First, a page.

“What the pundits are saying is correct,” Romney’s Nevada campaign chairman Brian Krolicki told Republicans gathered at running mate Paul Ryan’s final Nevada rally on Monday. “Nevada is a very important part of the map that we need you to deliver on.

“But I disagree that the 50,000-vote firewall they built is insurmountable. Tomorrow morning, with all the work you’ve done, that firewall is going to be set on fire. And tomorrow night, it is going to be burned to the ground.”

Indeed, while Romney took off to the eastern battlegrounds — his last visit to Nevada was Oct. 24 — neither his top surrogates, nor his running mate abandoned the far western battleground outpost.

Ryan held an election eve rally in Reno. Former Secretary of State Condoleeza Rice did the same on Sunday. Romney’s sons blanketed the state and Texas Gov. Rick Perry rallied voters in rural Nevada and Las Vegas.

Romney’s campaign began building their own last-ditch firewall in Nevada as Obama edged closer to an advantage in places like Ohio, Iowa and New Hampshire.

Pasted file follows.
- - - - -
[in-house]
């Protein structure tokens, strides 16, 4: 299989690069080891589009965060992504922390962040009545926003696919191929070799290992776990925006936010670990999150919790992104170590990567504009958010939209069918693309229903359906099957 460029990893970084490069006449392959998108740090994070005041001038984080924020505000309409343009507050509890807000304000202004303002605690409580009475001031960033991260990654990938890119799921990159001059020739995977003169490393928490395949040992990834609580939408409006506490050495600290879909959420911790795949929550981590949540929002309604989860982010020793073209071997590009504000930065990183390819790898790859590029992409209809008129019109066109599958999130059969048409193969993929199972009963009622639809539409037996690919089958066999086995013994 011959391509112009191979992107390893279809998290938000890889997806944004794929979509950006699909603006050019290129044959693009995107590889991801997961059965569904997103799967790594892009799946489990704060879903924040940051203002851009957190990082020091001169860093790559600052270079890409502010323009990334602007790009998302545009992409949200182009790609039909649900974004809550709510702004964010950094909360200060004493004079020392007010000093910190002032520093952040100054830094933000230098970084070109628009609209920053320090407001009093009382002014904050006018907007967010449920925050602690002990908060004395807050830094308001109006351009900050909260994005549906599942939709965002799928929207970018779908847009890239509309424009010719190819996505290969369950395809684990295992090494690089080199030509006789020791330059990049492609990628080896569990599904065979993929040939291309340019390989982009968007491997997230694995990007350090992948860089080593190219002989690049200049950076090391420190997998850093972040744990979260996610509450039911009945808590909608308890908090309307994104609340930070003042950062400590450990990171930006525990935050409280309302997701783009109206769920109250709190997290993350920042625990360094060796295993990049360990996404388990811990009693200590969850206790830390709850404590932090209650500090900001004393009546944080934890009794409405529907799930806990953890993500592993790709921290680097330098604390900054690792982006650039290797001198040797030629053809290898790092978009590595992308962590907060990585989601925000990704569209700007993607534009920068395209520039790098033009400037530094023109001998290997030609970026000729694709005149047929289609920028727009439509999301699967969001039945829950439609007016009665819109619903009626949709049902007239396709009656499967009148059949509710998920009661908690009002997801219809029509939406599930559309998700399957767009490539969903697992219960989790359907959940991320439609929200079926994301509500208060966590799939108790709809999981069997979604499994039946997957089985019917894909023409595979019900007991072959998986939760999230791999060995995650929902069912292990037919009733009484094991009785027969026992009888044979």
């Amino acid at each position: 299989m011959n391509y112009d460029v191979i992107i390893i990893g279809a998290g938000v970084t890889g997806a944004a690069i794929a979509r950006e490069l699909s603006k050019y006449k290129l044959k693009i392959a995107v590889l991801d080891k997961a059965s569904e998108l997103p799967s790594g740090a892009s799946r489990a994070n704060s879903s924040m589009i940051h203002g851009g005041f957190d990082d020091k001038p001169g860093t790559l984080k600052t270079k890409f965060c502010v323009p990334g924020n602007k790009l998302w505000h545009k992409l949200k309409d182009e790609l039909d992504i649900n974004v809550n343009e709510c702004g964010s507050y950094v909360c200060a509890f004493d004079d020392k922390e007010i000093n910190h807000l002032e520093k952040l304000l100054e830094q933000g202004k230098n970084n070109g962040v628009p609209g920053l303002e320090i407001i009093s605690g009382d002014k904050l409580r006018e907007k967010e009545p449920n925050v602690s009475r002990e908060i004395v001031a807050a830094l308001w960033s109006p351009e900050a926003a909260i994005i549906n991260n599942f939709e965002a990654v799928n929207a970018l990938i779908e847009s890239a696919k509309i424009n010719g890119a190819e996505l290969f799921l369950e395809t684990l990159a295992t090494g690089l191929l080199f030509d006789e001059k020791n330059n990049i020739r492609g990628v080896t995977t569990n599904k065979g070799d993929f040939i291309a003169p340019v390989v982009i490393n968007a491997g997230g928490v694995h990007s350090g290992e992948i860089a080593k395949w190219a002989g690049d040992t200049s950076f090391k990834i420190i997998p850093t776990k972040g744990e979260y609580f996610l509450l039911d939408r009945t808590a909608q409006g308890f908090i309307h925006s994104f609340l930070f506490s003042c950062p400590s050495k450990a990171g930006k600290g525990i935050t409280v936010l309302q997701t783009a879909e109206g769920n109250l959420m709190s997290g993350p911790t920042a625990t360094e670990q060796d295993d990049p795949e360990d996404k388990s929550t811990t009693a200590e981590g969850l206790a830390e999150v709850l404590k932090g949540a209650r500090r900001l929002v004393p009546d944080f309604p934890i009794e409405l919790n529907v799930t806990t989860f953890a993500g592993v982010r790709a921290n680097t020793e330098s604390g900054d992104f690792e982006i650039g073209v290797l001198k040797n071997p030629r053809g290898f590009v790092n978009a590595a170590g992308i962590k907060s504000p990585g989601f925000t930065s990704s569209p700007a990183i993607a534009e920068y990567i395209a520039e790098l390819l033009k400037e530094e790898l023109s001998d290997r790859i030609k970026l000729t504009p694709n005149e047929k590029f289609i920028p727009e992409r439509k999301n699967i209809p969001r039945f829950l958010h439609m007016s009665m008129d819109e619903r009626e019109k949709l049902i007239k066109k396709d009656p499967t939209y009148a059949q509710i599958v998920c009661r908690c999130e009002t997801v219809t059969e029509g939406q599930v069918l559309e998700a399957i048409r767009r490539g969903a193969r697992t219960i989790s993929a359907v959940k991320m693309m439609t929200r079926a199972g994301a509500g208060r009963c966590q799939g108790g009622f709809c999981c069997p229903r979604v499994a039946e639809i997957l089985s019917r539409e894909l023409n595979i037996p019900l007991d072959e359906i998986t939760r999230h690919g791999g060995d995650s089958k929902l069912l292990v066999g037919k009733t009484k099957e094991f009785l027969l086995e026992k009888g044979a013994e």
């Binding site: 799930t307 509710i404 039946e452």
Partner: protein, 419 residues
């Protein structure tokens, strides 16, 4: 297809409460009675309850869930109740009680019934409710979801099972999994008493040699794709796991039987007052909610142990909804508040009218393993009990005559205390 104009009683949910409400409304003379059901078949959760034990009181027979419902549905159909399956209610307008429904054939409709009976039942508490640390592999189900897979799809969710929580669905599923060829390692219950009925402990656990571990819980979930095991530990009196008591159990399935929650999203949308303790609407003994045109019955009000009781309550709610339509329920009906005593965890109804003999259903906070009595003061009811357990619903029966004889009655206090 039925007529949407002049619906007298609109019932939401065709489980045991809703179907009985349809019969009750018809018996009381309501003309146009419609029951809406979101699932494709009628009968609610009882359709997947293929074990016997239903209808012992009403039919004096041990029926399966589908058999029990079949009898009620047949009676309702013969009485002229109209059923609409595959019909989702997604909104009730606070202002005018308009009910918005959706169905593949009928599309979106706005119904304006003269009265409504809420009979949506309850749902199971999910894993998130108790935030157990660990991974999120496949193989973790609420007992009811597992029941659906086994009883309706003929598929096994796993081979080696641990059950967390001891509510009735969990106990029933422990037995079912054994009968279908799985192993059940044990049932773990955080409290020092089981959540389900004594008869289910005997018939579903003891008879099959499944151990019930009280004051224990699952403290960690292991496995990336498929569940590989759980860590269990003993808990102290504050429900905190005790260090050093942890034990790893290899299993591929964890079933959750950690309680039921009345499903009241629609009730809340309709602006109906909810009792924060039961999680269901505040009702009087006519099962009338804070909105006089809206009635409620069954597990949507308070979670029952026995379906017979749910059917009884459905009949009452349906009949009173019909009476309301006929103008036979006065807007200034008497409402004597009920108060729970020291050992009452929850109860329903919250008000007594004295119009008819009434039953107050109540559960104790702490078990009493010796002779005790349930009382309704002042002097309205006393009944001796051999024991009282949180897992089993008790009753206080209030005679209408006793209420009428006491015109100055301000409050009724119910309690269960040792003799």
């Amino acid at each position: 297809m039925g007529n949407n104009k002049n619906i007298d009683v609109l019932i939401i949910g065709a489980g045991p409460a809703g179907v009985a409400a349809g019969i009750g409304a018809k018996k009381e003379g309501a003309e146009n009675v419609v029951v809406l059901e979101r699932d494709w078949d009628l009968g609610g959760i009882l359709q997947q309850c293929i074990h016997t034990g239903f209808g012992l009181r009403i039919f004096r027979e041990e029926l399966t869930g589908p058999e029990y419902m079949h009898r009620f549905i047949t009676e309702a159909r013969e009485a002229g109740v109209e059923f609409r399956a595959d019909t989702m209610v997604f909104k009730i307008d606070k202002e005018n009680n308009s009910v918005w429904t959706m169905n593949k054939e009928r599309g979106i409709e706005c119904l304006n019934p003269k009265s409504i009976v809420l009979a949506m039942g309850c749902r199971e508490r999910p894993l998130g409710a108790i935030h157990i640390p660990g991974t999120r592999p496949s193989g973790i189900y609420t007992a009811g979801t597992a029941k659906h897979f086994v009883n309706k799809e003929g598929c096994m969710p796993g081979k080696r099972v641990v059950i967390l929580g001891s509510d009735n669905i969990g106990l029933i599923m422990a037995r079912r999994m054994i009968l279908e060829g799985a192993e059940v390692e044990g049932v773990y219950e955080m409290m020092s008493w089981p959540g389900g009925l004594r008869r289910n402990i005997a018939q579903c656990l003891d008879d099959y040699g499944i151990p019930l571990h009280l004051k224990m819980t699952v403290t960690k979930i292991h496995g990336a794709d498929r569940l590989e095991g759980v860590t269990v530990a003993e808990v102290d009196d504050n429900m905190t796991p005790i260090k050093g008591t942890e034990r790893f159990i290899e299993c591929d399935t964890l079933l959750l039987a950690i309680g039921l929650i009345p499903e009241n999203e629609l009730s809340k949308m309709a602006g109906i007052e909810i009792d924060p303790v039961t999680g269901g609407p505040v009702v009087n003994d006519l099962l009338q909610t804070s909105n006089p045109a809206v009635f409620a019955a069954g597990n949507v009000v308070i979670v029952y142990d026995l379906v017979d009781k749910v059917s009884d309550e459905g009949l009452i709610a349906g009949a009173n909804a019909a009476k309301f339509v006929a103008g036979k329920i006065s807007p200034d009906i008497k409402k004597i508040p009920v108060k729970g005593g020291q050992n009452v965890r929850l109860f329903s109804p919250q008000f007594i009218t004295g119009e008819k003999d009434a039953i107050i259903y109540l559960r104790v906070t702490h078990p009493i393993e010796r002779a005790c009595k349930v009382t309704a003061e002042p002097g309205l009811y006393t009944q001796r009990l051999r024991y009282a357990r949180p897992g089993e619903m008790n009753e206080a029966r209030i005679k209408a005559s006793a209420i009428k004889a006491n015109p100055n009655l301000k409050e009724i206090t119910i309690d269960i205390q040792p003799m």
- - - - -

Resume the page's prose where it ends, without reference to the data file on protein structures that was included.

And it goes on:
In short, there was no way Romney was going to cede to Obama’s advantage in Nevada at the last minute.

The final burst of activity, however, wasn’t enough to overcome Obama’s early advantage.

The mood at the Republican celebration at the Palazzo in Las Vegas remained muted from the beginning of the evening, as battleground after battleground was called for Obama.

But within about 10 minutes, there was a line for the open bar.

Some attendees were openly frustrated, taking out their frustration by yelling and attempting to throw out anyone in sight whom they thought might not be loyally Republican enough to be in the room.

Most carefully expressed the consternation that was evident on their faces by about 7 p.m.